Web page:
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Lightning Fans Get Their Bolts Back

The Tampa Bay Lightning announced today that they made some final alterations to their jerseys before sending them into the NHL.

After some fairly pointed criticism from the Lightning fan base, the team stepped up and added back their familiar lightning bolt to the sides of their pants and black trim around the bolts and their numbers. Lightning fans didn't get to keep their celebration stripes, and the amount of black being added to the uniform is more modest than other proposals on the internet, but getting back the bolts on the side of the pants was one of the two most important features that were a point of contention. I give credit to the Lightning fan base for showing their ownership they cared enough about the team's tradition to fight for their colors, and I give the ownership the credit for having the wisdom to reach a compromise. After being steamrolled for almost two decades by ownership groups with commitment to the fan base that ranged from detachment (PS&E) to outright disdain (Koules and Barrie), Lightning fans finally have an owner who legitimately puts the fans and the product first. It's refreshing.

My Thoughts On The Lightning Rebranding

Not that anyone necessarily cares, but here's my two cents on the Lightning's rebranding: I think it misses the mark by a wide margin. So far, it seems like the overall reaction from the fan base has been unfavorable by a two to one margin, and it certainly evoked an unfavorable reaction from me. Now that I've had a little time to think it over: there's a couple of reasons why.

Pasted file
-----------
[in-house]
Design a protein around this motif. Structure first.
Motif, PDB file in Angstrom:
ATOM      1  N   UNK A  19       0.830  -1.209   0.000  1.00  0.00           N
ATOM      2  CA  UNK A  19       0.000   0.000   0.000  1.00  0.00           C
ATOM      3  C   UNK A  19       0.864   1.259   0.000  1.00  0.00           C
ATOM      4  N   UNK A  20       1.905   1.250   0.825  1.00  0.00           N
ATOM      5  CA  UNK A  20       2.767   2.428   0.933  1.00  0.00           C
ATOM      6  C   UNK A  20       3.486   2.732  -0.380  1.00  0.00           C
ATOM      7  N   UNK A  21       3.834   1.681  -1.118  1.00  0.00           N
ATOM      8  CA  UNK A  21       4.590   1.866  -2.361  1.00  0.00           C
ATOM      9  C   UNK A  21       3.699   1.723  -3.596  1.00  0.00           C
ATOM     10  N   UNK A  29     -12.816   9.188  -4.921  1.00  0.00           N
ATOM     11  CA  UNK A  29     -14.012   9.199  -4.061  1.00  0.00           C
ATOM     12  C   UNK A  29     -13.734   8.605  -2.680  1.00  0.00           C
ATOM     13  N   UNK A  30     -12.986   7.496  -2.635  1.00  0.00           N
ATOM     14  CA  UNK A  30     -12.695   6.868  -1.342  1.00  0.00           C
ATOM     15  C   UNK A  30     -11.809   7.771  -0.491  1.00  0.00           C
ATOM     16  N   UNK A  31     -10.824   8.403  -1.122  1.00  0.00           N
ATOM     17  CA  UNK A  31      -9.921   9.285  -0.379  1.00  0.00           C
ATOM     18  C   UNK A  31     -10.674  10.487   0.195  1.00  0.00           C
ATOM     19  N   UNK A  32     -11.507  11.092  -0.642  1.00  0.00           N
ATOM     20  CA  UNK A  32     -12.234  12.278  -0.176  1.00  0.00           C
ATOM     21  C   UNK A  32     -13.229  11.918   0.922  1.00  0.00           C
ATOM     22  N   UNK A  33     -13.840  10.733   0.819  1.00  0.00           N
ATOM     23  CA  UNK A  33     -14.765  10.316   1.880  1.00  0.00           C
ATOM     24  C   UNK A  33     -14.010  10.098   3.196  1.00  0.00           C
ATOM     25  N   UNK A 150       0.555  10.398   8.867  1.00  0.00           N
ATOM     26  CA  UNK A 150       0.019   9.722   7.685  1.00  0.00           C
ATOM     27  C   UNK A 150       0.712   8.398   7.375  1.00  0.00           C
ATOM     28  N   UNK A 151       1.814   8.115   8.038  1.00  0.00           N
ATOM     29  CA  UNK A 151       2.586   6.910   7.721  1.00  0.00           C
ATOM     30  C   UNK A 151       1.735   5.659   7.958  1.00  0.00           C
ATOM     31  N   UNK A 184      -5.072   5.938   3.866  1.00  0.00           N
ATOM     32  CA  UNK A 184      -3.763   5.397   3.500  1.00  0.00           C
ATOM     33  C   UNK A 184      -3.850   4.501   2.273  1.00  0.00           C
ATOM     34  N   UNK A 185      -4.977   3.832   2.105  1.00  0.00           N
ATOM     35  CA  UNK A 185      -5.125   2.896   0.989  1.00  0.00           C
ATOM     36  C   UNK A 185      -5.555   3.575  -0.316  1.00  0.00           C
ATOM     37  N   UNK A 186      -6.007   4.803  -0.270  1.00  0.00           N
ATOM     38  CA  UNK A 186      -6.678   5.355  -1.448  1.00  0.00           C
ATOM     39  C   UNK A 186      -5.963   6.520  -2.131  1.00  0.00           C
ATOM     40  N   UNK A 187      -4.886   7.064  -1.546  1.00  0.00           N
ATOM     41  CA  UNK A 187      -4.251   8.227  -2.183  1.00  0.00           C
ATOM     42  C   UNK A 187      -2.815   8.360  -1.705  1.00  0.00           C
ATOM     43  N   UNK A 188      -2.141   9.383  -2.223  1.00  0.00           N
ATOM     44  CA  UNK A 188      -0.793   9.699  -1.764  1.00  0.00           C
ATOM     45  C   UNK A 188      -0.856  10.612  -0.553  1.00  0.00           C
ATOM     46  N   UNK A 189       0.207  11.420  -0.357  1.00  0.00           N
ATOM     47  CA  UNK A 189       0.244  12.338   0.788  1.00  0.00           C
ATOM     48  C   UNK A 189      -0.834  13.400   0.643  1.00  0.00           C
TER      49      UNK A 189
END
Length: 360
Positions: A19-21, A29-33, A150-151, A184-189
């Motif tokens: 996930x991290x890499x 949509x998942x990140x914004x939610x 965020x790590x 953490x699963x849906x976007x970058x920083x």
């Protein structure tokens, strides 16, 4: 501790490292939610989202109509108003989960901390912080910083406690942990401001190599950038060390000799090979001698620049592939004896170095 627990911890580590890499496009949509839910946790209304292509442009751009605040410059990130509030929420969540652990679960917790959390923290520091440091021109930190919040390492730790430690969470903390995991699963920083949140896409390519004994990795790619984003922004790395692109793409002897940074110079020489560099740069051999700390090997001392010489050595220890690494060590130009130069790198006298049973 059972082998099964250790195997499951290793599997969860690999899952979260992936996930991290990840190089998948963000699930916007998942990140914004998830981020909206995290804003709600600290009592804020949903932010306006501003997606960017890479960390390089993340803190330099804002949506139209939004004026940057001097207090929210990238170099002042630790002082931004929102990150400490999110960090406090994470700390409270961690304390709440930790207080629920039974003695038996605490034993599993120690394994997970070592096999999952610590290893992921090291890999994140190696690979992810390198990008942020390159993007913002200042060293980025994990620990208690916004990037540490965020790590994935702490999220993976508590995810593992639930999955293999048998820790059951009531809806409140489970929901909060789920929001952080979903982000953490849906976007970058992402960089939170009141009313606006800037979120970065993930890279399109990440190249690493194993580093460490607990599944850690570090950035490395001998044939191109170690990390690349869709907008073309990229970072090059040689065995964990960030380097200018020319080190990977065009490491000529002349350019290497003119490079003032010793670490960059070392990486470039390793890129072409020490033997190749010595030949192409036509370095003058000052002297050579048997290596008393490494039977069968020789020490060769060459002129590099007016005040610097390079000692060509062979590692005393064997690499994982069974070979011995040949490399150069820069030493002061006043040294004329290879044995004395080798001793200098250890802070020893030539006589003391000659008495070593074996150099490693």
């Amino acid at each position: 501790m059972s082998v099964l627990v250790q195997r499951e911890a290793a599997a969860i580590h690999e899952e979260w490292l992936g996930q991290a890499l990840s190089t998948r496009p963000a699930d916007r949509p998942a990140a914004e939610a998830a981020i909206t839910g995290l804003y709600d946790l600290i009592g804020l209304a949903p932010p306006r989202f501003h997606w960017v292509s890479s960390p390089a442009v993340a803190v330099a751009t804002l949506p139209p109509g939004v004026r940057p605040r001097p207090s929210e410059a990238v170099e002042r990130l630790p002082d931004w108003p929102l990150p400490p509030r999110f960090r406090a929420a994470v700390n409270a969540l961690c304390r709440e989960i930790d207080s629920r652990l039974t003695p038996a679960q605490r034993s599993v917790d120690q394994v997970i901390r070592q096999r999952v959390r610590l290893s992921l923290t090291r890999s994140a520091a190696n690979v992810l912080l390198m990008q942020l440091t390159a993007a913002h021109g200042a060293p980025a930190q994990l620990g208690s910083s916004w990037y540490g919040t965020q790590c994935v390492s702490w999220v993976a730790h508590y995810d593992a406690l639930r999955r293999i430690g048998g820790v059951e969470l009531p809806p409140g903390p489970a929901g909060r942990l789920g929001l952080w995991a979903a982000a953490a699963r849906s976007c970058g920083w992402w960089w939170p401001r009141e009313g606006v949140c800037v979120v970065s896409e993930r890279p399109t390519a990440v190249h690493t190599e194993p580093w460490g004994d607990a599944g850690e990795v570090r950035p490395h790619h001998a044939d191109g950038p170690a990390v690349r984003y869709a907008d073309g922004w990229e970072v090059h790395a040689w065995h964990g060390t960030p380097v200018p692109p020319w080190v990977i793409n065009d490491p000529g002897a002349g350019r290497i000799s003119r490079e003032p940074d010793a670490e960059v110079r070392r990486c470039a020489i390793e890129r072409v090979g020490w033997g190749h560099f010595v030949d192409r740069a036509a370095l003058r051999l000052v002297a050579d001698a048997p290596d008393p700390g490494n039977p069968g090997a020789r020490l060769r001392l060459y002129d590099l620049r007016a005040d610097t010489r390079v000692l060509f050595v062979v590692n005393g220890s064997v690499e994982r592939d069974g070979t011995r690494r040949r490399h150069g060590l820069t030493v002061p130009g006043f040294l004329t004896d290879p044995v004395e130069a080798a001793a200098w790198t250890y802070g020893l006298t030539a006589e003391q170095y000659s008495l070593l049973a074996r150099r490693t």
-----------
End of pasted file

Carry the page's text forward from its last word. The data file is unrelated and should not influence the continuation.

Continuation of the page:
"Not a penalty."

Damned right, Guy.

This organization should be very proud to have a man who is not only a good coach but also a man who's not trying to be an amateur politician sugarcoating a ridiculously bad call. I'll be happy to throw something in the pot to help pay the fine, too. It's two hours later and I'm still angry.

A Continuing Tradition of Awfulness

Just out of curiosity, I went through the Lightning's all-time statistics to see where Mike Smith and Dan Ellis' current save percentages rank amongst the all-time most horrible performances in Lightning history. Sadly, I may have written one of the most depressing blog posts in the history of BoltProspects in the process. Amongst Lightning goaltenders who have appeared in at least 10 games in a given season, 33 have had sub .900 save percentages, including Smith and Ellis this season. If you're wondering, the all-time worst goaltending performance in Lightning history was JC Bergeron's .832 save percentage in 1995-1996. For his part, Dan Ellis has the uncomfortable distinction right now of being tied with the immortal Dieter Kochan's 2000-2001 performance with a .870 save percentage.

'99-'00 Zac Bierk .899
'07-'08 Karri Ramo .899
'93-'94 Daren Puppa .899
'00-'01 Kevin Weekes .898
'96-'97 Corey Schwab .897
'05-'06 Sean Burke .895
'97-'98 Mark Fitzpatrick .895
'08-'09 Karri Ramo .894
'07-'08 Mike Smith .893
'06-'07 Johan Holmqvist .893
'97-'98 Corey Schwab .892
'98-'99 Corey Schwab .891
'07-'08 Johan Holmqvist .890
'00-'01 Dan Cloutier .891
'05-'06 John Grahame .889
'08-'09 Mike McKenna .887
'99-'00 Dan Cloutier .885
'95-'96 Jeff Reese .884
'06-'07 Marc Denis .883
'98-'99 Bill Ranford .881
'10-'11 Mike Smith .880*
'99-'00 Rich Parent .878
'92-'93 JC Bergeron .876
'92-'93 Pat Jablonski .874
'92-'93 Wendell Young .872